A really quick fireplace upgrade that will save you a fortune

When we moved in to our house we knew that we would need to put in a lot of time, effort and money to upgrading what was there. We didn’t buy a total refurb job, we looked at them and decided it would be too much, especially given we were in the very early weeks of pregnancy at the time. So instead we bought a 1990s house that had been carelessly looked after and had barely seen a lick of paint in decades bar the occasional pot of magnolia gloss being slapped on anything from walls to woodwork to ceilings…yes, ceilings! And artex ones too!

One room that needed little immediate care and attention was the living room. Don’t get me wrong, all the woodwork needs painted, the walls too, the metalwork like light switches and handles need changed, and a whole host of other small things. But at least it was fairly neutral and the artex ceiling had been plastered so decorating the living room is low down on the list of priorities. However, one thing that really stood out and totally ruined the whole room was the fireplace. The surround was a very dark moulded wood, it had decoupage mouldings on the front top corners, the fireplace detail was brass and the marble surround was a weak beige colour.

Original 1990s fireplace
The original 1990s fireplace was an eyesore in the very neutral room we inherited

I decided to paint the fireplace instead of replacing it as depending on the fireplace and surround we bought, the total cost would have been Β£500 at a minimum rising to thousands depending on how new, modern or fancy the items we picked were. Painting on the other hand we could do for a few ten pound notes handed over at our local B&Q.

  1. First I prised off those moulded details from the top right hand corners which were held in place by thin pins. I just used a scraper to gently wiggle behind them and gradually ease them away from the surround.
  2. Then I gave the full fireplace a gentle sand just to remove any top shine from the stain. After sanding I wiped it all down with a clean damp cloth to pick up any dusty residues.
  3. I was all ready to tape up the brass fire area with rolls of plastic dust sheets and frog tape, only to discover as I went to begin that the brass bits simply pull away. This meant I could spray paint them in the garage rather than worrying about the living room carpet and furniture.
  4. I cleaned down the brass bits and then raised them off of the garage floor in order to spray them more evenly round the sides.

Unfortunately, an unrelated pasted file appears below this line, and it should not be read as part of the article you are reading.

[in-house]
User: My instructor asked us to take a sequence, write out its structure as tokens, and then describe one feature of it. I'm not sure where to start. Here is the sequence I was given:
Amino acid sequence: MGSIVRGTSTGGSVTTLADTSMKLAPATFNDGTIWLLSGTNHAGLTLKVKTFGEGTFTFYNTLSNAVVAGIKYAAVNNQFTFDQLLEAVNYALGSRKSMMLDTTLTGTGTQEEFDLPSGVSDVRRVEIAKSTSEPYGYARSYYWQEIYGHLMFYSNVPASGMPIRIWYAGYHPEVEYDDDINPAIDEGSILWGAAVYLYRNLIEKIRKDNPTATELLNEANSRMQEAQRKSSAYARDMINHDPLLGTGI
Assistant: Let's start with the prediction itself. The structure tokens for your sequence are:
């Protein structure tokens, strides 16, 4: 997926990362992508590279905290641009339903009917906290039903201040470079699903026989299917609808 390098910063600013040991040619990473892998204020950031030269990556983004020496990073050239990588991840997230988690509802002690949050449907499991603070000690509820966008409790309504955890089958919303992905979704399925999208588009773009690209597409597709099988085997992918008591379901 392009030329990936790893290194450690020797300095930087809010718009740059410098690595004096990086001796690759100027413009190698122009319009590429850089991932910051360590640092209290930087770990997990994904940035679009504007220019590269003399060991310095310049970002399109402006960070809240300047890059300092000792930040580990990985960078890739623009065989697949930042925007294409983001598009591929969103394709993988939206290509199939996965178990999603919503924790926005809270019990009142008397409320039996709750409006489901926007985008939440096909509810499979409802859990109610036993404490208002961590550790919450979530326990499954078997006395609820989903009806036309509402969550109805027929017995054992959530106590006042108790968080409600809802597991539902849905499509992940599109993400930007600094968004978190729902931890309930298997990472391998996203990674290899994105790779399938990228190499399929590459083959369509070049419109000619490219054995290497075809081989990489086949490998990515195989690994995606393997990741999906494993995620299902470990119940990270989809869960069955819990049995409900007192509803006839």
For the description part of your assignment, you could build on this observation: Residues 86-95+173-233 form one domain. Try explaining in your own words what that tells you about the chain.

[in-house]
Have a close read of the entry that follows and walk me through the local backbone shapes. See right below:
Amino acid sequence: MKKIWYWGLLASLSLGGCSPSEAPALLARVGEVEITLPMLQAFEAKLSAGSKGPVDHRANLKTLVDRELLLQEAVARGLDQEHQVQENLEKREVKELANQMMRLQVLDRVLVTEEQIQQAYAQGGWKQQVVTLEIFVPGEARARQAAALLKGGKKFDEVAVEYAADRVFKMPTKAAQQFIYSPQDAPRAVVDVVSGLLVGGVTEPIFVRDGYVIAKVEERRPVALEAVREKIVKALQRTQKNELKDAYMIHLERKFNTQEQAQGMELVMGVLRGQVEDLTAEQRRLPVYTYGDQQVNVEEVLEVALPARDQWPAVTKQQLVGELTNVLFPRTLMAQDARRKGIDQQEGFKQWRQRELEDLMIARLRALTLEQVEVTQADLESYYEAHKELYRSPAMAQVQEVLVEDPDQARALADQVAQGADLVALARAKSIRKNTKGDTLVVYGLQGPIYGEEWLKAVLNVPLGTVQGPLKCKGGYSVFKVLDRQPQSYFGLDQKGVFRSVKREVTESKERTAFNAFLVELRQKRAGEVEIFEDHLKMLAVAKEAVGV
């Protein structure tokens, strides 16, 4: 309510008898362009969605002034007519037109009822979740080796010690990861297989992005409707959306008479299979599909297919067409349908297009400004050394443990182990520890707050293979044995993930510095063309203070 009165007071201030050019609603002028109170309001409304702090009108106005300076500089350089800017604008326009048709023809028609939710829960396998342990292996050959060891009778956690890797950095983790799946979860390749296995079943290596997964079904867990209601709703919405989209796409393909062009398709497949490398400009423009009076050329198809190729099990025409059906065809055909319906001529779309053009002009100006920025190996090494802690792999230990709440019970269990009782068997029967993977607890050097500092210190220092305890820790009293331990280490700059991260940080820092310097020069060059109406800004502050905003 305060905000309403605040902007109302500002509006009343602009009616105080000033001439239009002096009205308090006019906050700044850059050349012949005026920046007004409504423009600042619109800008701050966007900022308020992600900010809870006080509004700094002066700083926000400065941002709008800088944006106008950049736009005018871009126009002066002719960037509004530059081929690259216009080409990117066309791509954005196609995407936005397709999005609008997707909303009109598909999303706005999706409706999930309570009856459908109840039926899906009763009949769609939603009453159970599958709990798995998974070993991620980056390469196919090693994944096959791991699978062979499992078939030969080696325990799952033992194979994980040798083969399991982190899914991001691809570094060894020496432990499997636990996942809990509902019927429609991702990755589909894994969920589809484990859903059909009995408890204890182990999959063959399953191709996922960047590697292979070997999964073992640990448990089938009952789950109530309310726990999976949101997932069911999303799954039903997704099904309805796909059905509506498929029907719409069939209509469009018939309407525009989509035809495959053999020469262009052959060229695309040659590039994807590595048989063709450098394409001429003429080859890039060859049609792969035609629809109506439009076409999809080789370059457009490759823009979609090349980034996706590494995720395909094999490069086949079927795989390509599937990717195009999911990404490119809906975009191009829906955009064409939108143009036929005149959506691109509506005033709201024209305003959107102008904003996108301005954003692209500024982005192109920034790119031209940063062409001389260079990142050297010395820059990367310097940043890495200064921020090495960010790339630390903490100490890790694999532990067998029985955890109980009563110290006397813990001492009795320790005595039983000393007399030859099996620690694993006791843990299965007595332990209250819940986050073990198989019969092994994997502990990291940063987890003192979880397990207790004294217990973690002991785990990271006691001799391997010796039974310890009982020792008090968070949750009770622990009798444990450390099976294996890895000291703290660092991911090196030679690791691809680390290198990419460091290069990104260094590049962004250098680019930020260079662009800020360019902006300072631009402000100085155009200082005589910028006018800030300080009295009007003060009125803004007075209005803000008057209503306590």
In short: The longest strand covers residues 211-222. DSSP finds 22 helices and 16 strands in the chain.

Prerparing brass fire for spray painting
    I propped up the brass items off the floor using old paint cans
  5. I used a high heat resistant paint I picked up from B&Q
    Rustoleum Stove and BBQ paint
    This paint is perfect for a fire surround as it is safe for extremely high temperature exposure.

    6. I sprayed the brassy bits all over and left to dry while I went back through to paint the surround.

    spray painting a brass fire
    The spray painting took only a few minutes and dried overnight

    7. I gave the fireplace surround 3 coats of Rustoleum chalk paint in Chalk White. As you can see, I had run out of frog tape so I used masking tape to mask off the walls, hearth and marble surround. Masking tape definitely isn’t as good at protecting your painted walls, but I wasn’t too fussed because we plan on decorating the walls soon anyway. And, it’s better than nothing.

    8. Once dry, I popped the freshly painted and no long brass bits back in place, and voila! Just like that, it was done. Months of procrastinating and the fireplace was done in an evening!

    Painted fireplace
    This cost me Β£9 in total would you believe!!!

    The total cost was only Β£9…the price of a tin of spray paint. I already had masking tape, and I already had some chalk white chalk paint left over from when I upcycled shelves (See how I did that here). So I think was definitely a better option than replacing the fire altogether, don’t you??

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